And why is Cashflow so awesome? It completely shifted my perspective on money; from "what can I afford" to "is this a worthwhile investment?" What a powerful perspective shift, and how great to have our children learn this early!
18. Dutch Blitz
This is just "Vonderful goot fun"! I grew up playing Dutch Blitz and recently introduced it to the girls. It's simple to learn - just make stacks of colored cards from 1-10 - but it's fast paced and requires a lot of hand-eye coordination to be the first one to run out of your cards. It's a super fun game for the whole family - as soon as they can identify their numbers, they are old enough to play.
This doesn't need much explanation. It's easy for young kids to grasp, it's one simple deck, and the whole family can have fun with it. Of course, it's one of those games that can go on and on and on....
Here is your first intro for learning about money - it's a classic, and your kids will finally know what you mean when you say "do not pass go, do not collect $200" or you use your "get out of jail free" card.
21. Settlers of Catan
If you know this game, you know this game. This opens Pandora's box of possibilities, with bonus tracks and additional games like Seafarers of Catan. Along the same lines as Monopoly, you are building settlements, but you're trading clay, rock, wood and wool. Not only does this help children understand original settlements, but how to trade for goods, build strategy, and generally get hooked on a game that's fun for everyone!
22. Wildcraft! An Herbal Adventure Game
I'm super excited about this one being on our Christmas list this year: Wildcraft teaches 25 important edible and medicinal plants and their uses in mostly first aid situations. (Wildcrafting is the harvesting of wild plants). Players learn about plants by connecting the icon on the challenge or “trouble” cards with the icons on the plant cards. Though it is a cooperative game, there is plenty of strategy and drama as players travel up the mountain to the Huckleberry Patch and back to Grandma’s before nightfall. The only way to get back safely is to help each other out. However, it’s ok if you don’t make it. Grandma will come and get you. :)
Wildcraft! is a great introduction to the world of edible and medicinal herbs for children of ALL ages. It’s a beautifully illustrated, nature based, educational, cooperative game created in the tradition of the classic board games. It's compared to "Chutes and Ladders", but it combines the education of wildcrafting as well! No reading is required for younger players.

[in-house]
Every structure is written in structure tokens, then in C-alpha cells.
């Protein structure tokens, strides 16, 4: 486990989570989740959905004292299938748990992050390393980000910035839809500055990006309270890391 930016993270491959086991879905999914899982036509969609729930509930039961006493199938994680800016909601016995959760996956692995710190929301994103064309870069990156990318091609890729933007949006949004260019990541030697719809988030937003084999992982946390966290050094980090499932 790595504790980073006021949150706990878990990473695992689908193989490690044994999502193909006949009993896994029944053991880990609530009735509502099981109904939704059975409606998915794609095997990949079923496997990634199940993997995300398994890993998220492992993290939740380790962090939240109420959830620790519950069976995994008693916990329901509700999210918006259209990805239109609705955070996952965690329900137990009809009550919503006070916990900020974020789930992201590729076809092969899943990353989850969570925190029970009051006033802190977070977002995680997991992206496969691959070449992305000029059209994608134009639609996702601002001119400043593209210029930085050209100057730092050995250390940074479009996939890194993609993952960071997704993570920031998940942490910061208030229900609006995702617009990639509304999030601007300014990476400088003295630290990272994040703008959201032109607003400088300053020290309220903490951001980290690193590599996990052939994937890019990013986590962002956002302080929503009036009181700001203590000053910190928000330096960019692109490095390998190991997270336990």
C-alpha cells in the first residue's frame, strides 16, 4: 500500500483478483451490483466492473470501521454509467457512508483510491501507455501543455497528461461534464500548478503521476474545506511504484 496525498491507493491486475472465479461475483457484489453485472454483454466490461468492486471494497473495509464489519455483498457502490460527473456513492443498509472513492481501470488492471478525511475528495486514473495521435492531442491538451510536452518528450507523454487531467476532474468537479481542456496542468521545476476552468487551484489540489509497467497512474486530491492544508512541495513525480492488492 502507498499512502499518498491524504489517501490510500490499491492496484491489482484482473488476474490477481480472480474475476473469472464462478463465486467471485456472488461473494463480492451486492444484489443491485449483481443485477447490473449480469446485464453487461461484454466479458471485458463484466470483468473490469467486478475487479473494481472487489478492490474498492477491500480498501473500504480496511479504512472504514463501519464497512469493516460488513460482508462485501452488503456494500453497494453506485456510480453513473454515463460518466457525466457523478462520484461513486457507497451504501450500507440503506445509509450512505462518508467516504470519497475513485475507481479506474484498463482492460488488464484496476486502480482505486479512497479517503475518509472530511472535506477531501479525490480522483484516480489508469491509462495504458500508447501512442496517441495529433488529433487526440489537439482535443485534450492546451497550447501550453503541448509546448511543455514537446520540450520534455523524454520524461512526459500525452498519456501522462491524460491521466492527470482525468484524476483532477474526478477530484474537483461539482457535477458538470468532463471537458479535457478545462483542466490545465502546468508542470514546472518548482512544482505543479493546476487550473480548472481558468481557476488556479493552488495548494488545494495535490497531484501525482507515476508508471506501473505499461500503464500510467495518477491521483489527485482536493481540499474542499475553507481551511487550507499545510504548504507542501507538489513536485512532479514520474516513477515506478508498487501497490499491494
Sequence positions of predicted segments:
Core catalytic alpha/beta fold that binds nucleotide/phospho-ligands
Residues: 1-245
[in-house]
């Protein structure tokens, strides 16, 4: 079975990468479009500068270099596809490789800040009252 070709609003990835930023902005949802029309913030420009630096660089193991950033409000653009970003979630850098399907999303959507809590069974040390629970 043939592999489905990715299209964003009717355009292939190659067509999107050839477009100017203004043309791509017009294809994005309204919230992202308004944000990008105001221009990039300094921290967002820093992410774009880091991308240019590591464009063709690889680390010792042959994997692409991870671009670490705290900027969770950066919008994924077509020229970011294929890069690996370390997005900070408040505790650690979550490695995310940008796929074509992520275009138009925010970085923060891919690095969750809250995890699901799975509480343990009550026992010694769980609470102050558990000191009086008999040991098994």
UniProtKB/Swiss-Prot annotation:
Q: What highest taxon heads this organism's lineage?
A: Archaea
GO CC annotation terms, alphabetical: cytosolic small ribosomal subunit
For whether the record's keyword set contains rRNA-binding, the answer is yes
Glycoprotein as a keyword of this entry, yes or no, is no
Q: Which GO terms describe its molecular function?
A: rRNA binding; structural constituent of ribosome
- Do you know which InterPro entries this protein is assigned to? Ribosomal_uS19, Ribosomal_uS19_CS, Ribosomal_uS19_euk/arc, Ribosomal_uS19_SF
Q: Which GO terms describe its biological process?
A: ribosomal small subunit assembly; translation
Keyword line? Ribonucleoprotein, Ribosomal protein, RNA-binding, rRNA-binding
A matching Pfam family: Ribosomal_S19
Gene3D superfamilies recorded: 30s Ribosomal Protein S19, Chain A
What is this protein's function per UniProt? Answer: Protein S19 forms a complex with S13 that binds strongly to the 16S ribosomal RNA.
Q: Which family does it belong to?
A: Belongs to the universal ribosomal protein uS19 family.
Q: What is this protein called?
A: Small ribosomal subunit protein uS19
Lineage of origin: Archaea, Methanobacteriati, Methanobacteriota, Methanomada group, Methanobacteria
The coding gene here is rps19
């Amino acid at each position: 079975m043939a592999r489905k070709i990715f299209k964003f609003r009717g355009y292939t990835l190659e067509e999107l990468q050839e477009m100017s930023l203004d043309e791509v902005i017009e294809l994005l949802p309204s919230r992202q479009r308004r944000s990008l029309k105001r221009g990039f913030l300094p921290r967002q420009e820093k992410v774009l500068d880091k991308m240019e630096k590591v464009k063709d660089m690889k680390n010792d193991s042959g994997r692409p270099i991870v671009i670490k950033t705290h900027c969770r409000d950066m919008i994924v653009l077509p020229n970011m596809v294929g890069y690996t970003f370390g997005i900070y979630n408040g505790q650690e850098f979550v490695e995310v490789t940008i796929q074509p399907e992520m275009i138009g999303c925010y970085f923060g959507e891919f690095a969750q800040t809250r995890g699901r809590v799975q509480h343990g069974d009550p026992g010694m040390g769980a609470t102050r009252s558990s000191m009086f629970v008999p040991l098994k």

23. Love Does
Why would I put this book under "education?" Because I firmly believe one of the most important things we can impart to our children is how to love. This book is an engaging read for the whole family, and lays out a lifestyle of simply being open to love and give freely. Although it has a Christian foundation, this isn't just a religious book. It's joy, laughter, love and spreading the good. I happen to know Bob Goff, and he truly lives the life he portrays in this book!
This is a beautiful documentary to put into perspective what truly makes people happy. This shows that it sure as heck isn't money or ease of living.
25. Renee & Jeremy: A Little Love
This is the album that my intro/outtro for the podcast comes from - awesome cover songs by the wonderful Renee and Jeremy. When we heard them cover the Red Hot Chili Peppers song "Give It Away", we were sold!
And if you're wondering why this is "educational", I'll remind you how everything can be a learning opportunity! This CD helped my girls learn about harmony and melody and develop an ear for it.
This is the tip of the iceberg on tips and resources we've found that are great for our unschooling, minimalist, gypsy lifestyle. I know this will continue to grow, and you can always reach out to me at email@example.com with your questions!